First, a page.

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States tighten genetic confidentiality

If you already have spit into a plastic tube or swab your cheek and send your saliva in the mail to find out more about your ancestry or health risks, you might have assumed that the company that analyzes your DNA is legally required to keep your data private genetics. But you would be wrong.

The Health Insurance Portability and Accountability Act, known as HIPAA, protects individuals’ health information as it is processed by doctors, hospitals, and health insurance companies. This applies to genetic tests ordered by your doctor, but not to those that you can purchase online directly from companies like 23andMe and Ancestry, as these kits are not considered medical tests. As a result, businesses have largely operated in a legal gray area. Companies write their own privacy policies that customers agree to when they purchase a kit, but companies can change these policies at any time.

This is a problem, because genetic data can reveal all kinds of sensitive information about you — your. ethnic group, your family Connections, and even your likelihood of developing Alzheimer’s disease or certain cancers. Increasingly, law enforcement officials use consumer DNA databases to investigate violent crime.

But a growing number of states are passing genetic privacy laws in an attempt to address these loopholes. California became the latest on October 6 when Gov. Gavin Newsom enacted the law Genetic Information Protection Act, which places restrictions on data collected by DNA testing companies directly from consumers. SB 41, which comes into effect in January, requires customers to give express consent before their genetic data can be used for scientific research or shared with a third party. If customers consent to their data being used for research purposes, companies should provide them with an easy way to opt out at any time.

“Consumers have an inherent right to privacy,” says Maureen Mahoney, technology and privacy policy analyst at Consumer Reports, a nonprofit consumer advocacy organization that lobbied for the bill. Californian. “People don’t want information about their test results made public. “

Mahoney says privacy advocates wanted to make sure DNA testing companies couldn’t bury consent clauses in long-term service agreements. California’s new law prohibits businesses from using “Dark patterns”– deceptive practices that use pop-ups and other web elements to trick consumers into giving consent.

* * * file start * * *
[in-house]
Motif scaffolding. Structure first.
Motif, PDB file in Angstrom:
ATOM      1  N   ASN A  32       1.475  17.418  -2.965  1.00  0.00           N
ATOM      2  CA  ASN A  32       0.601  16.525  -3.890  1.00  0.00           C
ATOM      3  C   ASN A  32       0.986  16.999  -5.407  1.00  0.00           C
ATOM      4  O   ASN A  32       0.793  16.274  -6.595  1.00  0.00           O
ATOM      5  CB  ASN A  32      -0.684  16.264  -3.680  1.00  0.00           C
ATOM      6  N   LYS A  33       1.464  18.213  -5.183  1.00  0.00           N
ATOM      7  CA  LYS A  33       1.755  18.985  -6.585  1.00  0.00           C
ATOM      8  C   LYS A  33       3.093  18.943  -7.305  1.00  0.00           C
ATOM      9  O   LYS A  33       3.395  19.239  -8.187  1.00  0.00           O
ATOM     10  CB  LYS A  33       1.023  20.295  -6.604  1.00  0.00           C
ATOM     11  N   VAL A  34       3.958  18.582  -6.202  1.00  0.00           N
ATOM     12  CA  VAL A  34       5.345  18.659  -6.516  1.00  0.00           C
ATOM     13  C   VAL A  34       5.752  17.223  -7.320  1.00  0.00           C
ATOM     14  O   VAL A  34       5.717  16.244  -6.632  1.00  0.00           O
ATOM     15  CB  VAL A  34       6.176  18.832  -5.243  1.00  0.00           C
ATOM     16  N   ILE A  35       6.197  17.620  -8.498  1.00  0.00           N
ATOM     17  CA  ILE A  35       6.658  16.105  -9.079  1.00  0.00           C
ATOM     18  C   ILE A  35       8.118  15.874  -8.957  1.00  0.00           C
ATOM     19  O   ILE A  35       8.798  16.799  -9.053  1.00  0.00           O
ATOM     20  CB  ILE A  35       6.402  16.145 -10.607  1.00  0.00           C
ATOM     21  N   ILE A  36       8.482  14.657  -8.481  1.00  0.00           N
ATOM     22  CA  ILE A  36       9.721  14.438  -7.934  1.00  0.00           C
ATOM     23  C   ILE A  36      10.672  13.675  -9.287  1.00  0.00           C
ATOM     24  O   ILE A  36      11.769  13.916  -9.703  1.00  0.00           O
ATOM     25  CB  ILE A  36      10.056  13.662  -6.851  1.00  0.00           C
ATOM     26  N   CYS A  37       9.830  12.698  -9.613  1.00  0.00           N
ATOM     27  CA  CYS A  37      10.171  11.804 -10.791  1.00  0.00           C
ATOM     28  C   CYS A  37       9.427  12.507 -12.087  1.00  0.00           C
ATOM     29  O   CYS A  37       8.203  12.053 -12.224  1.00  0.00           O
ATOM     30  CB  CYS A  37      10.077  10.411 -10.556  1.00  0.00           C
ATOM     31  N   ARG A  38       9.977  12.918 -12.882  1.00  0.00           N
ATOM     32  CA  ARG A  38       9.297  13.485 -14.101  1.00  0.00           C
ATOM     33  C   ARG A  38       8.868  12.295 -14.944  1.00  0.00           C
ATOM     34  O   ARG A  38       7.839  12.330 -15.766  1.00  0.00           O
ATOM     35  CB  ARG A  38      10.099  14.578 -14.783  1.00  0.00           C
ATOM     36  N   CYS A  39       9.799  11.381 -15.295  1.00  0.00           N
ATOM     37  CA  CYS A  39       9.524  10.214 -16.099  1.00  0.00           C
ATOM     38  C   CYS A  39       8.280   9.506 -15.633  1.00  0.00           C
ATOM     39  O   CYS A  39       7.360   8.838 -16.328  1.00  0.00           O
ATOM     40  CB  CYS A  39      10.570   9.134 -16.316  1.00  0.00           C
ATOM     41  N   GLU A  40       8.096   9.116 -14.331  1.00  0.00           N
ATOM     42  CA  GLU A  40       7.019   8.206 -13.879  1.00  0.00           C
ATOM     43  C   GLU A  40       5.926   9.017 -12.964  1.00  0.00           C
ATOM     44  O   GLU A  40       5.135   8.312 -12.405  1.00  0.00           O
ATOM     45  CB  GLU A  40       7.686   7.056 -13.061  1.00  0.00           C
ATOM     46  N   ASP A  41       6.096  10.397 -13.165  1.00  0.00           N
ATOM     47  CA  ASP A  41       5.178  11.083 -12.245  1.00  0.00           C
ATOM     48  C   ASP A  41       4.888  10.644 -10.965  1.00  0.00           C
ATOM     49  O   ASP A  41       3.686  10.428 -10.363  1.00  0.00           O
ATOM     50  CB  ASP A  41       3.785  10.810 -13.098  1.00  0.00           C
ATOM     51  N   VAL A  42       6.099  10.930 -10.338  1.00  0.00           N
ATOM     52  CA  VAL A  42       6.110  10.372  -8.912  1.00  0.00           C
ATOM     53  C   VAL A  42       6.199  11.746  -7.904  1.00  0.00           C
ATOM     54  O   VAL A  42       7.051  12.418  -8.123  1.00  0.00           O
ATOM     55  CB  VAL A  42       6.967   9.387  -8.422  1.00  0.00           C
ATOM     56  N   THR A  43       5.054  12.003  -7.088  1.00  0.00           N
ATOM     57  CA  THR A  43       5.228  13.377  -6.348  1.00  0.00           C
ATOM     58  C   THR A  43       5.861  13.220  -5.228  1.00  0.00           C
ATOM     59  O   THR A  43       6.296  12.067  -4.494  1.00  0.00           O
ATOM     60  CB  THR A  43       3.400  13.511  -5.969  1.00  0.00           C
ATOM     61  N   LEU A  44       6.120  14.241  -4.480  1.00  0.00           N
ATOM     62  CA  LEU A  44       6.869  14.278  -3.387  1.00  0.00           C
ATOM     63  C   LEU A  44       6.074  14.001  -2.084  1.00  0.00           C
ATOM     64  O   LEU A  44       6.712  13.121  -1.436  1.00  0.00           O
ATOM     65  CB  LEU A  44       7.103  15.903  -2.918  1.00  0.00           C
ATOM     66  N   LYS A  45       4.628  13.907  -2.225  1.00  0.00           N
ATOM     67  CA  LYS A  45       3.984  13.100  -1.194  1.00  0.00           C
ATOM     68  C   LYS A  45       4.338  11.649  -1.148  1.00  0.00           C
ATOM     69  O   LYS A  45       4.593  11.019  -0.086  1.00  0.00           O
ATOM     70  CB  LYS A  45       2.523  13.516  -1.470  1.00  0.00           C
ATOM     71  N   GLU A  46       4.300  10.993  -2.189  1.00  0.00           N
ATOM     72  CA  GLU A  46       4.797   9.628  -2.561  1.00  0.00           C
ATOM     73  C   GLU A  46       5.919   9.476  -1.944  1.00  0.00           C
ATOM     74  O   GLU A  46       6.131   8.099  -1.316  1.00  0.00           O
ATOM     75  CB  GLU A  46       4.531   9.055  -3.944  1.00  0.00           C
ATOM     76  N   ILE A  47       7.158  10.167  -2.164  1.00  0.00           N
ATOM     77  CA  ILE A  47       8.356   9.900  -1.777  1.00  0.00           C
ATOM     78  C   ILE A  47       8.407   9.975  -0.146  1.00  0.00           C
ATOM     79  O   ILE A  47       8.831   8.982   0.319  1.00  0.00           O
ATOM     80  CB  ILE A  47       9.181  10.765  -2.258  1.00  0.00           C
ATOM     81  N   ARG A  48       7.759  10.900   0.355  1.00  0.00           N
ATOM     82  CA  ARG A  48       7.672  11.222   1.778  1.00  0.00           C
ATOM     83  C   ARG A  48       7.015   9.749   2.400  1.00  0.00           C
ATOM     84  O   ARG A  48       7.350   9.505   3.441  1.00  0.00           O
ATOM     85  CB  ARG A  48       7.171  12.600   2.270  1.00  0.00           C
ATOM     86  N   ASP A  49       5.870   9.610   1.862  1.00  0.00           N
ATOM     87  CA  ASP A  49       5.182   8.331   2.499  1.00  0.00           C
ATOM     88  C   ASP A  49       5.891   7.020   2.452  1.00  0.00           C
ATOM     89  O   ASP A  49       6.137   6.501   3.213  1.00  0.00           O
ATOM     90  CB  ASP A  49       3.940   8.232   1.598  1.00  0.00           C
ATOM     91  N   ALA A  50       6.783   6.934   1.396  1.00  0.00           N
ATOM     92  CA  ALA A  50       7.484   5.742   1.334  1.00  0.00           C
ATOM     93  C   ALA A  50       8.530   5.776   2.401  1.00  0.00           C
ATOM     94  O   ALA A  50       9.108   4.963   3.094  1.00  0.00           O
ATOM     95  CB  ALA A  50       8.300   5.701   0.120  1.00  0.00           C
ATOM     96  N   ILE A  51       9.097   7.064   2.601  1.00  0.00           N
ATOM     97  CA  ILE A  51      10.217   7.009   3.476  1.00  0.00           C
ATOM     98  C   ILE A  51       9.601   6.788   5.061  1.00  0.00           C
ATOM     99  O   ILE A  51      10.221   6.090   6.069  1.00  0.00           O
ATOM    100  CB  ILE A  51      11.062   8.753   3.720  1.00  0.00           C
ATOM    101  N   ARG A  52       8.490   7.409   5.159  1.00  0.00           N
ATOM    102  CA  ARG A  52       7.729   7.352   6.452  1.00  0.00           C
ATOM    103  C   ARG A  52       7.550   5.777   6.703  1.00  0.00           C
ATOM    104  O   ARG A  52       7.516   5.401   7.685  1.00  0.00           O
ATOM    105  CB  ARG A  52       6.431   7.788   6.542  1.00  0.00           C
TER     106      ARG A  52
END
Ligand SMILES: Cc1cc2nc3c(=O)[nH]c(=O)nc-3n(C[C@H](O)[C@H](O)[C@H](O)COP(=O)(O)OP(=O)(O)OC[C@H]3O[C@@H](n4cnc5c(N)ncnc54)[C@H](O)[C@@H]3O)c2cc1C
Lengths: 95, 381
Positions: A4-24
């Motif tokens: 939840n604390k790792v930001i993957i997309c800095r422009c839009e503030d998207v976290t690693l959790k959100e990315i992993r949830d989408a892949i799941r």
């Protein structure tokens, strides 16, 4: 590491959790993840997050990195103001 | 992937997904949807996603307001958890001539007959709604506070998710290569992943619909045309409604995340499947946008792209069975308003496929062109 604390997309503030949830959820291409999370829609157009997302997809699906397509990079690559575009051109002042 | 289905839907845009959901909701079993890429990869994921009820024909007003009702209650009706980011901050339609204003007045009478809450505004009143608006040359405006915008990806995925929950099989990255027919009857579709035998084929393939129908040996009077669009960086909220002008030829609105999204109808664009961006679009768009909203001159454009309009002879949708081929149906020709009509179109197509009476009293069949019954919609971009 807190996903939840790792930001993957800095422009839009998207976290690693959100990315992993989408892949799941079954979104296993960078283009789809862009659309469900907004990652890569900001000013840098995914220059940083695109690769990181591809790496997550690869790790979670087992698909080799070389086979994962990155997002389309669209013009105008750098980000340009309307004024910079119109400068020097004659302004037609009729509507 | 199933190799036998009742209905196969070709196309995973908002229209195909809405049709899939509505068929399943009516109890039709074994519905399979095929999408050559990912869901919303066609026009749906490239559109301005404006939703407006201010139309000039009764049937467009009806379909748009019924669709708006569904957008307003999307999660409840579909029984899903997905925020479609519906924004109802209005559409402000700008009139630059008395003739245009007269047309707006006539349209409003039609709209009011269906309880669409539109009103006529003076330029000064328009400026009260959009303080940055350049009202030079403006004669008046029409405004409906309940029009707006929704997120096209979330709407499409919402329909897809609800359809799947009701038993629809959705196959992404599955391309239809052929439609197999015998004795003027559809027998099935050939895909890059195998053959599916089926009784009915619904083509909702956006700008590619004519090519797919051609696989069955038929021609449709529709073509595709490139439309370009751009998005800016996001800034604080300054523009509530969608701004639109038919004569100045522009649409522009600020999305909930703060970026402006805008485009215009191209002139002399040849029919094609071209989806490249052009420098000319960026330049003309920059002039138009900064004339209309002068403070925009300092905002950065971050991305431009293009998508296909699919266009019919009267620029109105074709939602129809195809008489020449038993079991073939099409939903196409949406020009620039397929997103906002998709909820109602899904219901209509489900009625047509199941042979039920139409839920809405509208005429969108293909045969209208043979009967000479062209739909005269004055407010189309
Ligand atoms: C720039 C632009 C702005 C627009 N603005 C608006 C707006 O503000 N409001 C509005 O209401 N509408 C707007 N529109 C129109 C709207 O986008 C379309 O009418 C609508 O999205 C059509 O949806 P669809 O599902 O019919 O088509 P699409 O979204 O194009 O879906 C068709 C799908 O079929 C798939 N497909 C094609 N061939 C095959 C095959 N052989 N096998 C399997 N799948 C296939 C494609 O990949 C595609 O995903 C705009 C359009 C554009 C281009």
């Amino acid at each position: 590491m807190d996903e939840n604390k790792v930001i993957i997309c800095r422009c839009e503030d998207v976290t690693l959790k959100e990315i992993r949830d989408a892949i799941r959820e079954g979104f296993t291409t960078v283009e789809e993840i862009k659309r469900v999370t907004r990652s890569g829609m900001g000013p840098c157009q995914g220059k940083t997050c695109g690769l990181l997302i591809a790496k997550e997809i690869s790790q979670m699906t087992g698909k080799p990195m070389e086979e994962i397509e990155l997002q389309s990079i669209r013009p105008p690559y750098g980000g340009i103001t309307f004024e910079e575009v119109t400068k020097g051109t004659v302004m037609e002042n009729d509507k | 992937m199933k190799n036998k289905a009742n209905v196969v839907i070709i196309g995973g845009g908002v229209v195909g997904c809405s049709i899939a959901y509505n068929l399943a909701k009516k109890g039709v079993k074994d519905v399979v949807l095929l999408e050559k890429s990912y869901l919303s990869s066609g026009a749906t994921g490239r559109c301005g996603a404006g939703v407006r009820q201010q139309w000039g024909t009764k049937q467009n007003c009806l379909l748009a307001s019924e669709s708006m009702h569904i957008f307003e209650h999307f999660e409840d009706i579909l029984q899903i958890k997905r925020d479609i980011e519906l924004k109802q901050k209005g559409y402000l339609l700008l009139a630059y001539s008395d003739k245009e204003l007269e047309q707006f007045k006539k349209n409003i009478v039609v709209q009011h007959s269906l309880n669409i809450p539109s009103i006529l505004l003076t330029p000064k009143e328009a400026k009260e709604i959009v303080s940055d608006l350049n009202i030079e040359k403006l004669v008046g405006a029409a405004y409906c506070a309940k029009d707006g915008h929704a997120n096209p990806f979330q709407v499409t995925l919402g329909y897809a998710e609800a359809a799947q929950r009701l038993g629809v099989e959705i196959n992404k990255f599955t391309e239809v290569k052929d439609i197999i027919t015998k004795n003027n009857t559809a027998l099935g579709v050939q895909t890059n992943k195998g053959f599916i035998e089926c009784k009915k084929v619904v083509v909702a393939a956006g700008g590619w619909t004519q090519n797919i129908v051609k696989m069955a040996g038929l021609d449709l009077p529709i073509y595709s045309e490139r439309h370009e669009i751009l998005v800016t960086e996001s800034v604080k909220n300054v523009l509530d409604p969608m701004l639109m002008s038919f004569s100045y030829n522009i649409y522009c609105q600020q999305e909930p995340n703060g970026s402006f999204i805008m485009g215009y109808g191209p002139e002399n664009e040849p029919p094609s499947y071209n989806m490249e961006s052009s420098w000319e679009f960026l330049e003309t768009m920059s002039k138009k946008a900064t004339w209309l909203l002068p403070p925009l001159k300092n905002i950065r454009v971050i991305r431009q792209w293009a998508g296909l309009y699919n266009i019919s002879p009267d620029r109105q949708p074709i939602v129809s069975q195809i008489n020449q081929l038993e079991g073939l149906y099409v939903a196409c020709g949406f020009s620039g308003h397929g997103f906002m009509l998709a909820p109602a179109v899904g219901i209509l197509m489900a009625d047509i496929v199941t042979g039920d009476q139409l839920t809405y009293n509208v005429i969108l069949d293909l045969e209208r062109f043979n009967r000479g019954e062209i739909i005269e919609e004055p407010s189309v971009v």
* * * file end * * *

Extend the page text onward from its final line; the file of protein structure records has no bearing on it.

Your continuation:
It also requires companies to give customers a clear and easy way to close their accounts and remove their DNA data from the company database, if they choose. In addition, companies are required to destroy a customer’s biological sample within 30 days of their request.

Utah enacted a similar law in March, followed by Arizona in April. Both state laws deal with issues of consent, data security, advice on privacy practices, and an individual’s right to have their genetic data deleted and their biological sample destroyed.

Lawyers say such protections are necessary because US privacy laws were written before the advent of home genetic testing. HIPAA was enacted in 1996. The Human Genome Project did not disclose the first draft of our genetic code until 2003. Five years later, Congress recognized that genetic data could be used to discriminate against individuals and, in 2008, it adopted the Genetic Information Non-Discrimination Act (GINA). The law prohibits harmful treatment by employers and health insurers based on a person’s genetic information. But that does not prevent other entities, such as life insurers, mortgage lenders, or schools, from refusing services based on a person’s genetic makeup.


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